Sponsored post: I received a digital copy of this book for free on a read-to-review basis. Thanks to HarperTeen and Edelweiss.
Blurb (from Goodreads):
The spine-tingling horror of Stephen King meets an eerie mystery worthy of Sara Shepard's Pretty Little Liars series in Kate Karyus Quinn's haunting debut.
On a cool autumn night, Annaliese Rose Gordon stumbled out of the woods and into a high school party. She was screaming. Drenched in blood. Then she vanished.
A year later, Annaliese is found wandering down a road hundreds of miles away. She doesn't know who she is. She doesn't know how she got there. She only knows one thing: She is not the real Annaliese Rose Gordon.
Now Annaliese is haunted by strange visions and broken memories. Memories of a reckless, desperate wish . . . a bloody razor . . . and the faces of other girls who disappeared. Piece by piece, Annaliese's fractured memories come together to reveal a violent, endless cycle that she will never escape—unless she can unlock the twisted secrets of her past.
My rating: 3.5 of 5 stars
(Source: I received a digital copy of this book for free on a read-to-review basis. Thanks to HarperTeen and Edelweiss.)
17-year-old Annaliese has been missing for over a year, and most people believe her to be dead, when suddenly she is found.
But Annaliese isn’t Annaliese. Not really, and not just because of the trauma. No, Annaliese is really someone else living inside Annaliese’s body, only she can’t remember how she came to be there, or what she really is. All she remembers is the cloying taste of blood, and that she only has until her 18th birthday to figure things out.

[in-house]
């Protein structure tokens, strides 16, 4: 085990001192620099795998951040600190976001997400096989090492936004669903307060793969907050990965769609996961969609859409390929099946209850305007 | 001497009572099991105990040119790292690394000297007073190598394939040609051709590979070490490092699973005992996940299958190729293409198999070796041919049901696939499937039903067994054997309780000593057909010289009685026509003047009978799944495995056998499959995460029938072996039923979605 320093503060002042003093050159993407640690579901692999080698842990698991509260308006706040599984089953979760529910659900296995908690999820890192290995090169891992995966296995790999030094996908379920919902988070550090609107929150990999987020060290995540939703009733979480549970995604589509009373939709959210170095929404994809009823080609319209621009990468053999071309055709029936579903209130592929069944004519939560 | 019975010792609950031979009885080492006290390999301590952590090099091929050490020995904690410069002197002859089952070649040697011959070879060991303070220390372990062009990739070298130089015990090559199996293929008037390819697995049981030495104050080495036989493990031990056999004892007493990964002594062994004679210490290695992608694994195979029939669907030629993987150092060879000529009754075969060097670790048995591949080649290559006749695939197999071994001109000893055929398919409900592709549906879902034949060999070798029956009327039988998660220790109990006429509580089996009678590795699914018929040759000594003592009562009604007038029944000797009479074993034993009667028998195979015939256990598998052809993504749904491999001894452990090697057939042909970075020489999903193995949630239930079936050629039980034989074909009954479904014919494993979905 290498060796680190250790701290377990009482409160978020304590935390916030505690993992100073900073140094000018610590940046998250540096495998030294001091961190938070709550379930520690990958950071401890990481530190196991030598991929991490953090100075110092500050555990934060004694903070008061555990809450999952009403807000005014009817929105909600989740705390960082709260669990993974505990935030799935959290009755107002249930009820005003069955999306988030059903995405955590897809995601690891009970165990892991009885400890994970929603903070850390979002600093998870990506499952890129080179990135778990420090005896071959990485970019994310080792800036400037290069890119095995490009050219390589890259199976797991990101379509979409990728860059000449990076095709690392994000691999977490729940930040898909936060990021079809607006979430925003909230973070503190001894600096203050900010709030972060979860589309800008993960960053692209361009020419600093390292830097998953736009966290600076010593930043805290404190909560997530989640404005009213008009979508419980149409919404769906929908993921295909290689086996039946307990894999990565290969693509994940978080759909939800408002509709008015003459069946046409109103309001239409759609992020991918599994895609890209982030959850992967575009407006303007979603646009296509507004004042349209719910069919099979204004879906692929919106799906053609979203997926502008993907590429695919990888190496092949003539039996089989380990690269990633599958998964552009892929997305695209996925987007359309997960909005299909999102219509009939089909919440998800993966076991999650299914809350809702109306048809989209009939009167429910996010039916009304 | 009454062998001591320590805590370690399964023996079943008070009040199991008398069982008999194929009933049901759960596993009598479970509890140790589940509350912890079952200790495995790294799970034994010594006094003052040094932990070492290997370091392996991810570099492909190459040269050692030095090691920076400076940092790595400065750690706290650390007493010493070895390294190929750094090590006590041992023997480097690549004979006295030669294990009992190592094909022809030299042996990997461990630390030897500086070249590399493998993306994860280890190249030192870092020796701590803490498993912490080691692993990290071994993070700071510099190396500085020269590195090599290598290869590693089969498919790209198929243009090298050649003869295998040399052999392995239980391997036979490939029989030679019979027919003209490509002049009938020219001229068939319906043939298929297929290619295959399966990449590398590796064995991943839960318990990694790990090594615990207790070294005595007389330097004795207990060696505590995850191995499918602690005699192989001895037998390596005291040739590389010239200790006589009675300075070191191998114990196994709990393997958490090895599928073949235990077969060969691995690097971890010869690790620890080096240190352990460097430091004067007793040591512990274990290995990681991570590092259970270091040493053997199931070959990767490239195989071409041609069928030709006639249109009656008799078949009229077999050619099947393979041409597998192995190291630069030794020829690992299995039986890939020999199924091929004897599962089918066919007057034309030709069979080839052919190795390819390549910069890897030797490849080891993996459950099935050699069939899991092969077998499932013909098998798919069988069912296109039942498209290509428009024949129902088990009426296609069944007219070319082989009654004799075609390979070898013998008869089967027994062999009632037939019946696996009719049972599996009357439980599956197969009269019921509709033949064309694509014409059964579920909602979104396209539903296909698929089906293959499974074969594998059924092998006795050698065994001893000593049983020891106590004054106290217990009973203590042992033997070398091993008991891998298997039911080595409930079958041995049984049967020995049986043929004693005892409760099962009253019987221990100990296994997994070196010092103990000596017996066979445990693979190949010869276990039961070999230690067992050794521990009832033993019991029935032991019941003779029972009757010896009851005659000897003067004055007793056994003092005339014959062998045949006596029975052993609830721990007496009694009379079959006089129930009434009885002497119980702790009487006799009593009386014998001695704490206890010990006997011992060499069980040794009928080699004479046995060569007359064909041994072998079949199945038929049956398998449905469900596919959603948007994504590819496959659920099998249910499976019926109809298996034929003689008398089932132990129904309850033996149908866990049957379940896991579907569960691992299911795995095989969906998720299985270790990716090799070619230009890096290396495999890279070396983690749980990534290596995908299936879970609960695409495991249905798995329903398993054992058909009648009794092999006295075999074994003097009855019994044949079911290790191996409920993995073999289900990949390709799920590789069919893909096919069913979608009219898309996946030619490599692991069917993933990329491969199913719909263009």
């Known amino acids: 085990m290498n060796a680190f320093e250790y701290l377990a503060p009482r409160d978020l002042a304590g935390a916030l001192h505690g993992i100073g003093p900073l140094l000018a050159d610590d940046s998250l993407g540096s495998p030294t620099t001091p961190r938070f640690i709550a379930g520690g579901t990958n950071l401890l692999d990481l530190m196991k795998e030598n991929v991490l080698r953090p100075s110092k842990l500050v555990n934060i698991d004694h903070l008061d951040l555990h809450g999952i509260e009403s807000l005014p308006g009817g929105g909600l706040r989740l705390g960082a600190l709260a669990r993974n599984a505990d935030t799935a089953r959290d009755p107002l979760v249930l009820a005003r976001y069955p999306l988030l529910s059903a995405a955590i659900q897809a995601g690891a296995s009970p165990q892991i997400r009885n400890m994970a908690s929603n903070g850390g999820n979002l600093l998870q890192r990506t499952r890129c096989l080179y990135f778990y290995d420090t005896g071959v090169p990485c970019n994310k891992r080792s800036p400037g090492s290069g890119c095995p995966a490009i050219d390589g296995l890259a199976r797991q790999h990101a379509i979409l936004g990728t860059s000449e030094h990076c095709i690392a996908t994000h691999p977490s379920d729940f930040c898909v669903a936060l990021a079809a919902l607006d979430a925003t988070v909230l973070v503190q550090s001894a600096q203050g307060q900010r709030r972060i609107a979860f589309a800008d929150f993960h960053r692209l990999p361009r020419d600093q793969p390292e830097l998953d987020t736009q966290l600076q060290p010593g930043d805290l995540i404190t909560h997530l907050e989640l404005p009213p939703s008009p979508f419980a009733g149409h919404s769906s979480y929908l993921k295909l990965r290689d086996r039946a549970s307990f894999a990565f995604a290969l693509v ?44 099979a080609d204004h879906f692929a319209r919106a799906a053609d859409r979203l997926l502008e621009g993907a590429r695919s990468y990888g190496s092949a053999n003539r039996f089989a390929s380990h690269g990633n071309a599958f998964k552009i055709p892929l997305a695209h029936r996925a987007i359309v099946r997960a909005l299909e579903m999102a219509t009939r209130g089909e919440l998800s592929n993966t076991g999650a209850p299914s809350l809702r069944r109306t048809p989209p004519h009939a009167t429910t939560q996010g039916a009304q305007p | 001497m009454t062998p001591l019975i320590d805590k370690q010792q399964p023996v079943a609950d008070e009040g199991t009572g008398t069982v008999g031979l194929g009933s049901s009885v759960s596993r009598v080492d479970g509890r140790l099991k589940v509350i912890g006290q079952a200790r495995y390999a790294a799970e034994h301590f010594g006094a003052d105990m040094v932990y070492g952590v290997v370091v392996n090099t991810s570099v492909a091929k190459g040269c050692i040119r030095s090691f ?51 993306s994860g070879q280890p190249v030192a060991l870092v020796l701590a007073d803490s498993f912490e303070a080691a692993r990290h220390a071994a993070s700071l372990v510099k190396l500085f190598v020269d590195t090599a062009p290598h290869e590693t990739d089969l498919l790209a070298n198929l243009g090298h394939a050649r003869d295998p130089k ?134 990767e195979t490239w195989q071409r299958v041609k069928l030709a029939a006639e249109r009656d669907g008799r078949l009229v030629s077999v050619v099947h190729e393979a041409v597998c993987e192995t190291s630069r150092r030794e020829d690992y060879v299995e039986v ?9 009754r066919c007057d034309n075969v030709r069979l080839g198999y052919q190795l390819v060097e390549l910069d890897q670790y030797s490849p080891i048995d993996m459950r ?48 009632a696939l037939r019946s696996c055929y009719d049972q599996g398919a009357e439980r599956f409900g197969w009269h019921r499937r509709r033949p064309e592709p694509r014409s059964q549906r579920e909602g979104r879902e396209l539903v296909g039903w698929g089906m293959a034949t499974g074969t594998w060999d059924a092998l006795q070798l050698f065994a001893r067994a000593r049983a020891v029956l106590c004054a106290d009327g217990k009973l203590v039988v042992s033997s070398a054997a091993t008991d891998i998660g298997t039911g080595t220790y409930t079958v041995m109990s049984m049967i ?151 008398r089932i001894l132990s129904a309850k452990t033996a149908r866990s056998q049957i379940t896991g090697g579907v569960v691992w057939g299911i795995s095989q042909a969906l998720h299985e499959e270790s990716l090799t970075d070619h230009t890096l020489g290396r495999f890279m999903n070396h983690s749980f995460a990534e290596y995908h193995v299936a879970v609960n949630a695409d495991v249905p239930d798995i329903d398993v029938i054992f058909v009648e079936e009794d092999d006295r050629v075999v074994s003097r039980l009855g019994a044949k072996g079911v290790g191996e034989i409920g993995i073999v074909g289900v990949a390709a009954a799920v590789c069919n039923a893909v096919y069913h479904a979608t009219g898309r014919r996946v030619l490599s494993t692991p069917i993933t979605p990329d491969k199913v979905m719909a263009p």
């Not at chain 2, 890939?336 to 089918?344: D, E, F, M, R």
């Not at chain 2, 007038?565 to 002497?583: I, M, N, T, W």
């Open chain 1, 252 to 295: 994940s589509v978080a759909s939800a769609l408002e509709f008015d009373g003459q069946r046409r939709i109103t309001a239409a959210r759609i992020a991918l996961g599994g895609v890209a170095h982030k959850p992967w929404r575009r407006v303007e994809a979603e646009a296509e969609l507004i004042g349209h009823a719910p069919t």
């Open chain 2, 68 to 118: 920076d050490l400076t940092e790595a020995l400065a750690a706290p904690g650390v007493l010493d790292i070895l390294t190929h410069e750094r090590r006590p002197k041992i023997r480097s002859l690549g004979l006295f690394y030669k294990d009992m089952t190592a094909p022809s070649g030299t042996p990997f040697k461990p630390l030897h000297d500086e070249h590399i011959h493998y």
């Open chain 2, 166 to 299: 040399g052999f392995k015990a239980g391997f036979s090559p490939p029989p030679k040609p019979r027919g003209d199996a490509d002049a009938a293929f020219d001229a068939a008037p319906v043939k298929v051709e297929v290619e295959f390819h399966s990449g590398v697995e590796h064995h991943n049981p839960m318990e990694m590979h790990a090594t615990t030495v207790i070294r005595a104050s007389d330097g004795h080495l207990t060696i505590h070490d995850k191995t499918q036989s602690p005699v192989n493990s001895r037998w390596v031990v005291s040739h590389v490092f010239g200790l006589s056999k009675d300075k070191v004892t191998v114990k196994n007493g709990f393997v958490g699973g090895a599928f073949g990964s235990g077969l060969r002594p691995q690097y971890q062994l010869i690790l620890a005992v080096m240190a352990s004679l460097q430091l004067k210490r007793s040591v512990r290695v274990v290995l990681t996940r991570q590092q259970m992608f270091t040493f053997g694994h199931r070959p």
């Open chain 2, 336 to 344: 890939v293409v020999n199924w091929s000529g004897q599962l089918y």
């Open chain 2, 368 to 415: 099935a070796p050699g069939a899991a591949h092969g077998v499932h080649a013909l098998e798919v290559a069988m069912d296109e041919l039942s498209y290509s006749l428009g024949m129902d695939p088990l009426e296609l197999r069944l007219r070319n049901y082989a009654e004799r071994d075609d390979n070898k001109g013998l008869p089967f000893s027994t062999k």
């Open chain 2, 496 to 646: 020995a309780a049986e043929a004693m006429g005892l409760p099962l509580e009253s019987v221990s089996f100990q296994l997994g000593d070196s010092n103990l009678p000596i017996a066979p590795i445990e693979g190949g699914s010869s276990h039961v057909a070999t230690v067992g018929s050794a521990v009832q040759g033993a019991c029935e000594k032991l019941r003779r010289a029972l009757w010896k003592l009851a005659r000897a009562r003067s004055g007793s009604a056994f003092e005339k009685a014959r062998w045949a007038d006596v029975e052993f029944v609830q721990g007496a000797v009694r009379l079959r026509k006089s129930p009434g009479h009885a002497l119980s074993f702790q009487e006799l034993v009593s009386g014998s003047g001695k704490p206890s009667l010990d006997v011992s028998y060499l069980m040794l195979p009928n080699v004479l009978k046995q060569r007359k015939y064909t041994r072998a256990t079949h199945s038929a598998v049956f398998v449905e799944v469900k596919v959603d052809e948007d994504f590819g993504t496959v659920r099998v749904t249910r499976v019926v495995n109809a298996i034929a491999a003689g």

Who is the girl inside Annaliese? What happened to the real Annaliese? And when will this impostor remember who and what she is?
This was an interesting mix of paranormal and mystery, although I wished that the answers would have come quicker!
The impostor – who came to call herself ‘Anna’ was quite a mixed up character. She knew that she wasn’t Annaliese, but she didn’t know who she actually was. She referred to Annaliese’s parents as ‘the mom’ and ‘the dad’ because she was so sure that they were not her parents, and didn’t even want to wear Annaliese’s clothes because they didn’t feel like they belonged to her.
I felt a bit sorry for Anna in this respect because if I had been her I would have been seriously confused as well. It was so difficult for her to get along knowing that she wasn’t who she appeared to be, and not knowing who she really was, especially when it seemed that she must be some sort of a monster.
The storyline was mainly concerned with the mystery of who and what Anna was, and what would happen on her 18th birthday. I did like the mystery aspect of the story, but I thought that the pacing was just a little too slow, and the answers too long in coming. While hints were dropped, it seemed to take forever for the plot to move along, which got pretty annoying and made me less enthusiastic about this book than I expected.
The ending was okay, and I think I understand what happened, I’m just not sure that the ending was that satisfying. Maybe it was just because the book seemed to drag that made the ending feel less worthwhile after the 400+ pages it took to get there, or maybe I just wanted a different ending, but I didn’t really feel that Anna got a happily ever after.
Overall; an interesting YA paranormal/mystery story.
7 out of 10.